Slum houses in Hazaribagh beside an open gutter channeling untreated effluent from tanneries nearby. Local residents of Hazaribagh reported to Human Rights Watch an array of health problems—many of them undiagnosed due to the cost of medical attention—such as fevers, diarrhea, respiratory problems, and skin, stomach, and eye conditions. Dhaka, June 2012

© 2012 Arantxa Cedillo for Human Rights Watch.
Pollution is a major cause of premature death, disability, and disease around the world, a new report in the medical journal Lancet said today, stressing that most health impacts are on people living in low- and middle-income countries.

The report estimates that diseases caused by pollution were responsible for approximately 9 million premature deaths in 2015 – 16 per cent of all deaths worldwide. In the most severely affected countries, pollution-related disease kills more than one in four people.

But pollution rarely kills people directly or quickly. Instead, it is an important cause of asthma, cancer, neurodevelopmental disorders, and developmental delays in children; and heart disease, stroke, pulmonary disease, and cancer in adults.

The report challenges the oft-repeated line that pollution and disease can be addressed only when a country has industrialized and become richer. It notes that many of the pollution control strategies that have been effective in some wealthier countries – newer technologies as well as sound laws, policies, and regulations – can be adapted for countries at every income level.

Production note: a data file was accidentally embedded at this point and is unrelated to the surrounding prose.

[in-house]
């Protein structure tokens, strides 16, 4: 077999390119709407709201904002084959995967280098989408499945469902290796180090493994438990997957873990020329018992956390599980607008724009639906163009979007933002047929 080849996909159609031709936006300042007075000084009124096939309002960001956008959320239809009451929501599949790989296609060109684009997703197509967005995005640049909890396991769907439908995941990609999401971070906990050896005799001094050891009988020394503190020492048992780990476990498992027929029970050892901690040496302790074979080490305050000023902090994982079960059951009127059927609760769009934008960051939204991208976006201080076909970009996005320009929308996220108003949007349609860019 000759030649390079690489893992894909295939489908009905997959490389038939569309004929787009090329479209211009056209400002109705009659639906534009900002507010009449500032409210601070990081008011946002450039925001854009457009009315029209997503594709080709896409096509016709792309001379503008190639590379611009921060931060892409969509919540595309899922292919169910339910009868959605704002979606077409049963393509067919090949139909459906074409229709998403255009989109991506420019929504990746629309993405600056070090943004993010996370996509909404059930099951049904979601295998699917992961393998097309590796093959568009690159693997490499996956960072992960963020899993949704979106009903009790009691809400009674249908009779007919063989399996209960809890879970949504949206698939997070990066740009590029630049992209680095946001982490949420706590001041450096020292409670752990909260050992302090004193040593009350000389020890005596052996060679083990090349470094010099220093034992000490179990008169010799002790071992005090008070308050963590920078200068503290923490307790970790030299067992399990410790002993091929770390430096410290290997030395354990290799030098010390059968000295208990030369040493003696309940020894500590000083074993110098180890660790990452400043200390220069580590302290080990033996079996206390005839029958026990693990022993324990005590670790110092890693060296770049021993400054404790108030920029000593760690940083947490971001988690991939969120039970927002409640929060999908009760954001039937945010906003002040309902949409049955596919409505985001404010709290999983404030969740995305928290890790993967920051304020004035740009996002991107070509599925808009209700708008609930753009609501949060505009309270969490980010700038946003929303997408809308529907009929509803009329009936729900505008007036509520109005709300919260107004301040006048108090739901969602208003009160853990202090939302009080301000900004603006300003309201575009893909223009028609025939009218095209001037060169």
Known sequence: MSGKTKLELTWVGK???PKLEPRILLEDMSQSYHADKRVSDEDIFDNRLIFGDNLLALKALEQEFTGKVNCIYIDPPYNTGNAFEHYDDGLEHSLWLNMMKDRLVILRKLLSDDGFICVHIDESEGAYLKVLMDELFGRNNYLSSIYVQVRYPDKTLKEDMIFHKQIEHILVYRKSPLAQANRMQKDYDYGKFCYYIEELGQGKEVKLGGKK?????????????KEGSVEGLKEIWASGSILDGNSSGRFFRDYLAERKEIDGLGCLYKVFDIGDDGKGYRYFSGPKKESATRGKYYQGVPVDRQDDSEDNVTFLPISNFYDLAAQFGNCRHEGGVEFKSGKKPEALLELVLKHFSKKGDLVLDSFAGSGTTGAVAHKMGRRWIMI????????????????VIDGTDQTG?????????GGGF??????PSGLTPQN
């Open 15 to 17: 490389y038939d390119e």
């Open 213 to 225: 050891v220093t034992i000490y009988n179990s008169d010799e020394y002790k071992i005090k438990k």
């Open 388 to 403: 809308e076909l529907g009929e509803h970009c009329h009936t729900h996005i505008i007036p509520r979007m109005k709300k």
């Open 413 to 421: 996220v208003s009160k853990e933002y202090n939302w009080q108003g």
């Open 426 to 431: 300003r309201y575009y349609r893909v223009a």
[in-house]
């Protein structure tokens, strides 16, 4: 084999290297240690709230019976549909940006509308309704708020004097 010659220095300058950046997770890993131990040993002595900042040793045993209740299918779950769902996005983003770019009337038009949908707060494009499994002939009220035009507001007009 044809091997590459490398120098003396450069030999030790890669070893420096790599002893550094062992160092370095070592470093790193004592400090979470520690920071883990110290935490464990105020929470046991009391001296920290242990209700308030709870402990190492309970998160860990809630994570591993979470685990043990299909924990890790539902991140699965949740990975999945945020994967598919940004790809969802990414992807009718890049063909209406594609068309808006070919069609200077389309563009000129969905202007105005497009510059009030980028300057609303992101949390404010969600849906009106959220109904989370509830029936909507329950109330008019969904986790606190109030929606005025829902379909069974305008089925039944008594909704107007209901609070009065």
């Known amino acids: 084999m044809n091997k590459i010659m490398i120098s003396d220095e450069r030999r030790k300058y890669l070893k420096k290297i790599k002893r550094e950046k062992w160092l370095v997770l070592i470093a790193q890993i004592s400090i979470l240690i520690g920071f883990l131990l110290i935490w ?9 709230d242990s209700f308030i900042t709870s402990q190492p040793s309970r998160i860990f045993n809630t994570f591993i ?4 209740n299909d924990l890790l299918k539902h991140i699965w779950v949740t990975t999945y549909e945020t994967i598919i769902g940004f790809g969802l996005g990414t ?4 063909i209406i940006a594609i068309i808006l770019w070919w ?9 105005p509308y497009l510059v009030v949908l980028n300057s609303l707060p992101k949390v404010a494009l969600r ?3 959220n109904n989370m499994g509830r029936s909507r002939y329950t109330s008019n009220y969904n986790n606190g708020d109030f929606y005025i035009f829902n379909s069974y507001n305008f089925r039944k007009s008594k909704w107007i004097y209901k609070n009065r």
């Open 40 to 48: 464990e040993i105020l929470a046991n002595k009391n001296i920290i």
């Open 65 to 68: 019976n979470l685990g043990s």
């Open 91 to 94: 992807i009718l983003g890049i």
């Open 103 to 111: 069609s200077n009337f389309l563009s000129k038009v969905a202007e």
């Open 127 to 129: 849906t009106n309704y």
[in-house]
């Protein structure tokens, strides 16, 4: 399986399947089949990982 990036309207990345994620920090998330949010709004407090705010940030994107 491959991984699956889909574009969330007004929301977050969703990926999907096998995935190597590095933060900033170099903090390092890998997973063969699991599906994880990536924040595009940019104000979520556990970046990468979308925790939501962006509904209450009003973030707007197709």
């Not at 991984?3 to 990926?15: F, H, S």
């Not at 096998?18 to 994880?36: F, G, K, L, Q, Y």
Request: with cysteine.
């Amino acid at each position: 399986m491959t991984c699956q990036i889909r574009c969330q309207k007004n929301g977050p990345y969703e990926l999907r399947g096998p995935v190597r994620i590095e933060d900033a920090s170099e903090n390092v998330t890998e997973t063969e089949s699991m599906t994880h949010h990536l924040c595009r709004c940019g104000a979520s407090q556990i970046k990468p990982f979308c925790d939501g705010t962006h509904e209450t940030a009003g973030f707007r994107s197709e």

It also notes that the burden of pollution is not evenly distributed within countries. Human Rights Watch’s own research has shown how pollution often disproportionately impacts marginalized populations – including ethnic minorities, the urban poor, women, children, older people, and people with a disability – who usually don’t have the means to hold governments or industry to account when their rights are violated.

Finally, the report rightly says that pollution and pollution-related disease “deserve the concentrated attention” of world leaders, civil society and health professionals. The way to do that is through improved technology, combined with legal developments, policy reform, and robust human rights interventions. If world leaders act with the urgency these issues demand, they can reduce the enormous health burden of this major global threat.